New Tale of Zatoichi is the third film in the series and one of its best. The first three films comprise a trilogy of sorts, for which this installment is a fitting conclusion.
The story begins when Ichi discovers that he’s being pursued by the brother of a man that he killed in the previous film. Ichi is tired of the endless circle of revenge that the yakuza is intent on fulfilling, but the man refuses to back down. The fight is stopped short, however, when Ichi’s old swordmaster, Banno, appears and breaks it up.
Unfortunately, Ichi soon learns that, despite his teacher’s higher station in life, he is much less of a man than the blind masseur. Things come to a head when Banno’s younger sister, Yayoi, offers Ichi a way out of his life of violence against her brother’s wishes.
The usual suspects are all in place here: the enemy out to take Zatoichi’s life, the samurai who might be an enemy or a friend (or both), and the woman who has tender feelings for the blind man in spite of his handicap and low social standing. What’s different this time is the way in which the story is told. This film was made only a year after the first and yet the screenwriting, directing, and cinematography all took a leap into the modern age.
The plot is a zig-zagging mix of elements, for sure, but it never becomes confusing. Director Tokuzo Tanaka, who also directed the first Sleepy Eyes of Death movie the very same year as this one, leads the audience through the story with a deft touch, never forgetting that it’s the feelings of the characters that compel us to care.
Shintaro Katsu gives a shining performance as the blind swordsman, swinging (no pun intended) from enraged condemnation to gentle laughter within a single scene. Ichi is much more sympathetic this time around, largely due to the warmth he exudes in the face of tragedy. Katsu’s co-stars are no less adept, but center stage in this picture is reserved exclusively for Katsu.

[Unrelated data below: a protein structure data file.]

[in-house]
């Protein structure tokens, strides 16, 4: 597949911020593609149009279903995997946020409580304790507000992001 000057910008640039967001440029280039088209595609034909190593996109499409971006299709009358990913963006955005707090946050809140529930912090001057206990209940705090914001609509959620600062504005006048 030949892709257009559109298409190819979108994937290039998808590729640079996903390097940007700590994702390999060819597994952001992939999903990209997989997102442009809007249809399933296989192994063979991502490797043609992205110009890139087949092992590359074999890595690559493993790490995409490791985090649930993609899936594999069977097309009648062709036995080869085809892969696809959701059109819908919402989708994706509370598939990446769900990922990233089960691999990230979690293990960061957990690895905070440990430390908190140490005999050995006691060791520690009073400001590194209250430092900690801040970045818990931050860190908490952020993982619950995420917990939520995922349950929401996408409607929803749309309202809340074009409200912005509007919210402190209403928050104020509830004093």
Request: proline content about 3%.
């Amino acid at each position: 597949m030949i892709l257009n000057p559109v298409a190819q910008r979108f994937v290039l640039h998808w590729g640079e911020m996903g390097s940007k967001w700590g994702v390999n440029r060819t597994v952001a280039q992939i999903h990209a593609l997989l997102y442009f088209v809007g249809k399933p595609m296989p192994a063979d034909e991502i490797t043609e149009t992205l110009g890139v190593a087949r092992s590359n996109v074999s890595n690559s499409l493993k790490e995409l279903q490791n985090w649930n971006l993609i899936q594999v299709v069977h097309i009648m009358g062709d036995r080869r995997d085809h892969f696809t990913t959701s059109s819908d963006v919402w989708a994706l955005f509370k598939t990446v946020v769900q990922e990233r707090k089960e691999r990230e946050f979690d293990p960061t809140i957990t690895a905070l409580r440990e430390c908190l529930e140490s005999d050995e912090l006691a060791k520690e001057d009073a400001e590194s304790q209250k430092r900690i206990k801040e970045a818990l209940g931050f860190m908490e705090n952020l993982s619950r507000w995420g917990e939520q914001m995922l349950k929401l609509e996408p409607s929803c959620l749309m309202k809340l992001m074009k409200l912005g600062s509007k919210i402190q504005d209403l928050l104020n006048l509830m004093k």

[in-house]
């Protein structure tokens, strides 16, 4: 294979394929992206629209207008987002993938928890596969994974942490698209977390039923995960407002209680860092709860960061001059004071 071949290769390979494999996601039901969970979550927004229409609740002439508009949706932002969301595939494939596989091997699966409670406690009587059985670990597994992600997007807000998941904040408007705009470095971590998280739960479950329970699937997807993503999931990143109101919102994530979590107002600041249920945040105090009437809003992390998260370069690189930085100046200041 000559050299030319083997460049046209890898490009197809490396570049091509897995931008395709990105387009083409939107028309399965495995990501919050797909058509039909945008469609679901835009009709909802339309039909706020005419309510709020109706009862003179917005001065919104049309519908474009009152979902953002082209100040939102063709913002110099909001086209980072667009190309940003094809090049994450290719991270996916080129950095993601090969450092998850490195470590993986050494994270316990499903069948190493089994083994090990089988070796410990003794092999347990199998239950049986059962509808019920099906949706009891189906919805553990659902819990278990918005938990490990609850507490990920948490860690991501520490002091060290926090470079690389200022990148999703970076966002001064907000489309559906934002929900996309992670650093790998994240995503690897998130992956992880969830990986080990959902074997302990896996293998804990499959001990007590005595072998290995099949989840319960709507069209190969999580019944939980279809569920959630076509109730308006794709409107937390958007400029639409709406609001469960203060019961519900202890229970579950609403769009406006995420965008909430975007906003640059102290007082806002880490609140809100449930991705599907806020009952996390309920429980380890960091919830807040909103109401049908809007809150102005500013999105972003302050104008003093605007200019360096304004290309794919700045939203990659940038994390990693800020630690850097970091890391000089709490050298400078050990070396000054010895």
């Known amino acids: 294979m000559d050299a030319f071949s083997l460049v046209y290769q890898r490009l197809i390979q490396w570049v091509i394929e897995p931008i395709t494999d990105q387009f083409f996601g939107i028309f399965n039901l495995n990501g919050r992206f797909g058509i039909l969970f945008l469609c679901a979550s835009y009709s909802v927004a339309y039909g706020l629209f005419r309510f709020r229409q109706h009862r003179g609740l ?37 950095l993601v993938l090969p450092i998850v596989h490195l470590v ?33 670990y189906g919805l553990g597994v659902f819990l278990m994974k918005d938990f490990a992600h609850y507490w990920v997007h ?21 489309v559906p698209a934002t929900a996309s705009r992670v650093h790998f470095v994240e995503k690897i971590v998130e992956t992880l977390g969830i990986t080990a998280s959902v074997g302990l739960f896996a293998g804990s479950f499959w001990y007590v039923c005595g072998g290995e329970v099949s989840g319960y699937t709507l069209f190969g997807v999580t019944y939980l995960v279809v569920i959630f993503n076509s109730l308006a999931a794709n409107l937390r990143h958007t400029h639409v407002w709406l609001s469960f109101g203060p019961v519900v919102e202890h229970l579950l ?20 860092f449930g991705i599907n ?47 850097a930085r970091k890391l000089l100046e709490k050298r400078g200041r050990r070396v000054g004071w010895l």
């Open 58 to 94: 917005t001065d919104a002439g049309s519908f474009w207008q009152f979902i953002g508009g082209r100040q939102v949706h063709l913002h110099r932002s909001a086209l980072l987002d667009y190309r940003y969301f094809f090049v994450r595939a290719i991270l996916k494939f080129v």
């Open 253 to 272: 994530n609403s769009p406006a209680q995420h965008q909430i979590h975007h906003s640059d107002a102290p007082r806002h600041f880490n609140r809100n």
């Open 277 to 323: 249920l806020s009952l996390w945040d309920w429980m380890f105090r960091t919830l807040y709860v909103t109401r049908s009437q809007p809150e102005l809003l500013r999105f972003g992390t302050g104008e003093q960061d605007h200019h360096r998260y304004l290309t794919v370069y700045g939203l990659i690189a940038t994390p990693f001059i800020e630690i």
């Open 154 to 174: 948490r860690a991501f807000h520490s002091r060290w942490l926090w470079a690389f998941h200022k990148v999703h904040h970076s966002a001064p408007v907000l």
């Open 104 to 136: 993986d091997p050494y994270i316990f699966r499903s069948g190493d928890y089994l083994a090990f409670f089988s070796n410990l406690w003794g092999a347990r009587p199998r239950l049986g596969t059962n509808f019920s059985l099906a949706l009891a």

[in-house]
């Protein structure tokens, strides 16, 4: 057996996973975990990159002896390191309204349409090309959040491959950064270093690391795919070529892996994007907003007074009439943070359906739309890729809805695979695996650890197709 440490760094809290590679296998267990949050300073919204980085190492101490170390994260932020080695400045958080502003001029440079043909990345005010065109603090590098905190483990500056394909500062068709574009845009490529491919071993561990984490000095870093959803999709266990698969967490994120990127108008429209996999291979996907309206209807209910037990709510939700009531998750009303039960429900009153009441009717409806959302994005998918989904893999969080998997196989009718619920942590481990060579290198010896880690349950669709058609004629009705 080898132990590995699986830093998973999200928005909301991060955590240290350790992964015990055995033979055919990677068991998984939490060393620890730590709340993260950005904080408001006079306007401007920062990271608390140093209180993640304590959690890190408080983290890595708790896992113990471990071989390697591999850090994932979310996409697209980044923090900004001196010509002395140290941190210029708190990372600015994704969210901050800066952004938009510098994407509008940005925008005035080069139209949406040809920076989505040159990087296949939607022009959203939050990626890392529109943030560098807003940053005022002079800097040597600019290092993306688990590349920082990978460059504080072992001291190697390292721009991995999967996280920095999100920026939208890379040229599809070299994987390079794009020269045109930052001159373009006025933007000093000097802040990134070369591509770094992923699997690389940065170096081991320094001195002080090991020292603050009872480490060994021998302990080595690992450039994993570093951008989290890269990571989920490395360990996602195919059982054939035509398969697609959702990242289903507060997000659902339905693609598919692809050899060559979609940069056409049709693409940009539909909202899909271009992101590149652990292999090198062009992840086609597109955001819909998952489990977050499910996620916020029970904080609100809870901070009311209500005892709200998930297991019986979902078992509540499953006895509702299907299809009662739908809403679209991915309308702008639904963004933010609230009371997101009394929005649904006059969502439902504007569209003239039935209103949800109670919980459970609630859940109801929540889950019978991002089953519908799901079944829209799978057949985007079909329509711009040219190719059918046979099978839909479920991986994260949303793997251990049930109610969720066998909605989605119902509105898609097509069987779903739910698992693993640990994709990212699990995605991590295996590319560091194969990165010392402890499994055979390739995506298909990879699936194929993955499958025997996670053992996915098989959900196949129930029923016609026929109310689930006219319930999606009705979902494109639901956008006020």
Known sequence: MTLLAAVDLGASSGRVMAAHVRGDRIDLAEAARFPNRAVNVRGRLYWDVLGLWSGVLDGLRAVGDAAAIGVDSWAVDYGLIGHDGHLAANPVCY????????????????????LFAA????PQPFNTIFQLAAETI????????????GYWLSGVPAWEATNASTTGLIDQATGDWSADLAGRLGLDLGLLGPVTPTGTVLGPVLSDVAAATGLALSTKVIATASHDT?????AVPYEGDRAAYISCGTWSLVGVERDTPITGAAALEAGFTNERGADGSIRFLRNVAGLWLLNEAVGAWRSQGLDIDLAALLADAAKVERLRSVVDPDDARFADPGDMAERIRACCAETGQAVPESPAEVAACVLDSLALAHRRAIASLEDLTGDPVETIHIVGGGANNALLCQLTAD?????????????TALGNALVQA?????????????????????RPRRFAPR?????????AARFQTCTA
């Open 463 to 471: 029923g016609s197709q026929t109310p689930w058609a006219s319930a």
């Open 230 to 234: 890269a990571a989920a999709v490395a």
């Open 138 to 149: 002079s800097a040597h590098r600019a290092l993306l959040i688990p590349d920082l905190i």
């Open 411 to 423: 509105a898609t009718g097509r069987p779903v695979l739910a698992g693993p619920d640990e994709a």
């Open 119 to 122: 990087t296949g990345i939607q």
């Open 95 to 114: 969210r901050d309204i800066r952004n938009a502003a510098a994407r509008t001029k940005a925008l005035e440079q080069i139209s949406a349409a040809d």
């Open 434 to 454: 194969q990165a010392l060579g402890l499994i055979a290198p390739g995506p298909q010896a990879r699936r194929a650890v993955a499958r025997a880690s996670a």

Cinematographer Chishi Makiura does a wonderful job of creating lucid imagery that helps us to understand Ichi’s plight. I’ve admired his work on many films, this being the first where he exhibited a mastery of his craft. The camera work here is impeccable. That’s an especially stunning achievement when you realize just how poor some of his tools were at the time. Scenes never appear to be artificially lit despite the stage-bound nature of the production. This film is his first, great tour-de-force.
The music is also some of the best in the series. The great Akira Ifukube is back after stepping away for the previous feature, and this time his score works perfectly. His music accents the film’s tragic core while simultaneously moving us to feel for the characters. Despite the fact that most of Ifukube’s 274 scores have a noticeably similar sound, the arrangements make this one really stand out.
The transfer on the Criterion blu ray is very clean. It’s not going to win any high-resolution detail contests, but this is the best I’ve ever seen this film look. Thankfully, Criterion has opted to present the picture with the somewhat muted palette that it probably had when shown in 1963. I’m really tired of modern transfers of classics that ramp up the color saturation in the name of a more modern look. You’ll see none of that sort of fiddling here.
If you’ve never seen a Zatoichi film before, this is definitely the one I’d recommend as a starting point. Very highly recommended.
*NOTE: I originally reviewed this film in 2011 based on a very poor digital copy. Since the release of Criterion’s blu ray box set, I’m going through and re-reviewing the entire Zatoichi series.